- Mainstream: Samples are gathered ward by ward, conveyed to the central lab, batched in the automated machine. Results are then organized and released at a set time to the wards. As a result, the ward’s work is organized around the release of results where diagnostic and therefore care can be resumed. The investment in the central, automated lab makes sample analysis very “efficient” from a unit cost analysis, but very cumbersome overall.
- Lean: Samples are picked up in all wards hourly, sorted and sent to different lab units according to need and specialty. Results released as soon as ready. This requires greater logistics rigor and effort (picking up every hour) but now the blood testing process is embedded in the care and wards can organize around patients rather than blood tests, diagnose faster, and reduce the overall length of stay in all cases that permit it.
Organize Around the Patient
How does this affect productivity? In the first case, blood testing unit productivity hinders ward productivity as doctors and nurses are dependent on the blood testing automated process to carry out their work. In the case of nurses, this applies to all logistics. Because logistics delivers materials in big batches to wards, nurses spend as much time dealing with ward logistics as they do with patient care, and can’t organize themselves effectively because their timetables are ruled by deliveries.
With rigorous regular just-in-time deliveries on the other hand, the ward can now organize around patients, waste less time in waiting for this or that and dealing with huge batches when they come, which means wasting more time in opening pallets and sorting through everything. As a result of a more stable work environment, ward managers can better organize standard work and, in the end, need less nursing personnel to care better for the same amount of patients.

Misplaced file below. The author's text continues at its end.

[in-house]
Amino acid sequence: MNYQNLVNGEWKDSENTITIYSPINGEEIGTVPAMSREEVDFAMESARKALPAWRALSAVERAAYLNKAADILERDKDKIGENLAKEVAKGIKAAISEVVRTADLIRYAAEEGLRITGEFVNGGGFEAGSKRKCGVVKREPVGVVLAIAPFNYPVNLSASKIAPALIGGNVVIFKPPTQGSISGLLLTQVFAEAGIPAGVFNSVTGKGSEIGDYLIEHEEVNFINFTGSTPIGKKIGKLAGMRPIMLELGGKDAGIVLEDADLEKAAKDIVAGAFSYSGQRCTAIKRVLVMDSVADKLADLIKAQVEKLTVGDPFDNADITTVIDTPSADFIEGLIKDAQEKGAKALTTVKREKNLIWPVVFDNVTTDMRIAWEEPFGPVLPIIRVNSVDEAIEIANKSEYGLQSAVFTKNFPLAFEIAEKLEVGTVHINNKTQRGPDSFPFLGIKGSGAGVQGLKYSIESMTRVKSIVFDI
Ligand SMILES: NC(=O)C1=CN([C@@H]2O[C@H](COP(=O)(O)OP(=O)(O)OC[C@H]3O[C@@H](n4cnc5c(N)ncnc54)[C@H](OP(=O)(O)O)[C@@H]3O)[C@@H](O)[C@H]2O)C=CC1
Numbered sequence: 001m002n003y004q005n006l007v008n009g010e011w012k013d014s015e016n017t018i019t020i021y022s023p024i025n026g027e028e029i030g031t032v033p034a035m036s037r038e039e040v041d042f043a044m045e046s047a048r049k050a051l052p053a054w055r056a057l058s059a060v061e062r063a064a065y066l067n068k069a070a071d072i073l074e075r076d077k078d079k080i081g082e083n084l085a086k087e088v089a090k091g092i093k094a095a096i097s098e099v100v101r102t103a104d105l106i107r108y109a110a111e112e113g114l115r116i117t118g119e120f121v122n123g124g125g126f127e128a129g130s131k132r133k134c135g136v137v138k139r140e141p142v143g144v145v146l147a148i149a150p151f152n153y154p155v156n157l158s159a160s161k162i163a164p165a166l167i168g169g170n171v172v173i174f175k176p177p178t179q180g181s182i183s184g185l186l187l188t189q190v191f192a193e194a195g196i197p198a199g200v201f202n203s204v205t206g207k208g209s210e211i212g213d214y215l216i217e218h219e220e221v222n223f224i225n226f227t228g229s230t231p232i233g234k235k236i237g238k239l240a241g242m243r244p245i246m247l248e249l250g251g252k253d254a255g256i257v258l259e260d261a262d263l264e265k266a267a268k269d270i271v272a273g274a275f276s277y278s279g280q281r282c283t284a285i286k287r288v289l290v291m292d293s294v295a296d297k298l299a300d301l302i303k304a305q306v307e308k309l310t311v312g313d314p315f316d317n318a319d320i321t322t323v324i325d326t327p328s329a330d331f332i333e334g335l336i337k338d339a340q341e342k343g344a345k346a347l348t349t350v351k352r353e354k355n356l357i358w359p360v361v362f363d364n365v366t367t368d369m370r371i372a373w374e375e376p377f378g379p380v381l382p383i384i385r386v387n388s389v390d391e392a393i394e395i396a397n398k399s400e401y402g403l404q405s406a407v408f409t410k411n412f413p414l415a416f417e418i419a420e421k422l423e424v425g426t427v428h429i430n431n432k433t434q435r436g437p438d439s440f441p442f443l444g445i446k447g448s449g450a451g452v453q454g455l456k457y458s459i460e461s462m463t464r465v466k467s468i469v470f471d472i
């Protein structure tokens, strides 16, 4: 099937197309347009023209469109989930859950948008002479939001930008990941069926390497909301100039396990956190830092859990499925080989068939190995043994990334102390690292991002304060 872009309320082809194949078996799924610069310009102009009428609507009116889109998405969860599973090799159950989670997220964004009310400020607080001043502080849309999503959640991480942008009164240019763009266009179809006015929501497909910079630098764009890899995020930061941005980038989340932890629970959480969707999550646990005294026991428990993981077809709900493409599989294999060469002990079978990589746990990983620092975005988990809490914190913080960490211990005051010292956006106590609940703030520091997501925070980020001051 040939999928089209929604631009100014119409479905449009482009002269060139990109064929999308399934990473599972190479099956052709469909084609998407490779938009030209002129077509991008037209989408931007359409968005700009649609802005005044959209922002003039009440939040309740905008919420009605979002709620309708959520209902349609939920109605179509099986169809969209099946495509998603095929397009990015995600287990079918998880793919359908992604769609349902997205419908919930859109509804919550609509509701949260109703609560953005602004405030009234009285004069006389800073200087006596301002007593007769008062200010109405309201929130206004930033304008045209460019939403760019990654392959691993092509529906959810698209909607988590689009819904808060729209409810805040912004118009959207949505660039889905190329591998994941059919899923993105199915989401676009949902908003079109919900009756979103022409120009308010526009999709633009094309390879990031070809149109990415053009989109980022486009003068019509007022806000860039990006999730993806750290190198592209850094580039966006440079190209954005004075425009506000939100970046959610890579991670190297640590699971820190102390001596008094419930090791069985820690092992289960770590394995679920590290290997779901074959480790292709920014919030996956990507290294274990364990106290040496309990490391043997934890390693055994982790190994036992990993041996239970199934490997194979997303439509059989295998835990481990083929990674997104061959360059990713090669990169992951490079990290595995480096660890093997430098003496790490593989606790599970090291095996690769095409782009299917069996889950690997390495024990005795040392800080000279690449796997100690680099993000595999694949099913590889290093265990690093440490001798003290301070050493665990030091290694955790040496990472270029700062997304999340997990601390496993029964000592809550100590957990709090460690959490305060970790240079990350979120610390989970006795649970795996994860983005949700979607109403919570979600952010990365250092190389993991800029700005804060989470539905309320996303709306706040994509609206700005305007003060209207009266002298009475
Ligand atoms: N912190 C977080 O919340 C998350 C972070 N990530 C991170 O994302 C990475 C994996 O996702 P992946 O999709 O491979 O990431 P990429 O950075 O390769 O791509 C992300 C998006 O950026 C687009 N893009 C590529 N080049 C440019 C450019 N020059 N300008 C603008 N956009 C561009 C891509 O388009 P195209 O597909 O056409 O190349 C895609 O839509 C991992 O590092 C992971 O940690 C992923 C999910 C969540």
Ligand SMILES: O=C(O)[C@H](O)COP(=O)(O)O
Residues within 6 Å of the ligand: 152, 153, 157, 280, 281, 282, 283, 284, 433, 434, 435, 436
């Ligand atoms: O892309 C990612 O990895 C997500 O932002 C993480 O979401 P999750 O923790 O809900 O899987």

The lean approach is that better control of logistics leads to a more stable work environment which enables frontline managers to create continuous work for all (eight hours of standard work for each person) and deliver both better quality and higher productivity. Lean work requires less people and less storage space, so the overall square feet of the ward can be lower as well:
Better working capital use → better fixed asset use → higher productivity → better margins
Top executives sign off on investments expecting cost reductions in returns. Since centralized investment require very high volumes to have effective payback, in most cases, the hoped for cost reductions never materialize. Having committed to these cost reductions to their own bosses, executives then seek cost downs where they can by putting pressure on running costs. The outcome is as you say – huge investments working poorly on the one side, and mindless cost reductions creating operational fires on the other. It sounds absurd (actually, it is absurd), but in fact reflects the hard facts of a theory of productivity which assumes that unit cost goes down when volume goes up – in a world where volumes hardly ever go up, but demand for variety does.
On the other hand, focusing on controlling and then reducing lead-times by tightly controlled logistics leads to freeing the value-adding teams to organize around their job and not around subsidiary deliveries (how often have you had to wait at home because you’ve ordered something that will be delivered “within the day”). This, in turns enables teams to focus on better doing their work with less wasted time, which means higher service and productivity.
Rather than invest and then recoup the investment by arbitrarily reducing operating costs, lean thinking leads you to increase your inventory turns (improve your use of working capital) by using your equipment more flexibly (improve your use of fixed assets), which delivers overall productivity without having to reduce running costs AND will lead to overall cost reduction as exceptional costs due to mishaps disappear.
Yet, as you say, the challenge remains: how do we convince top executives?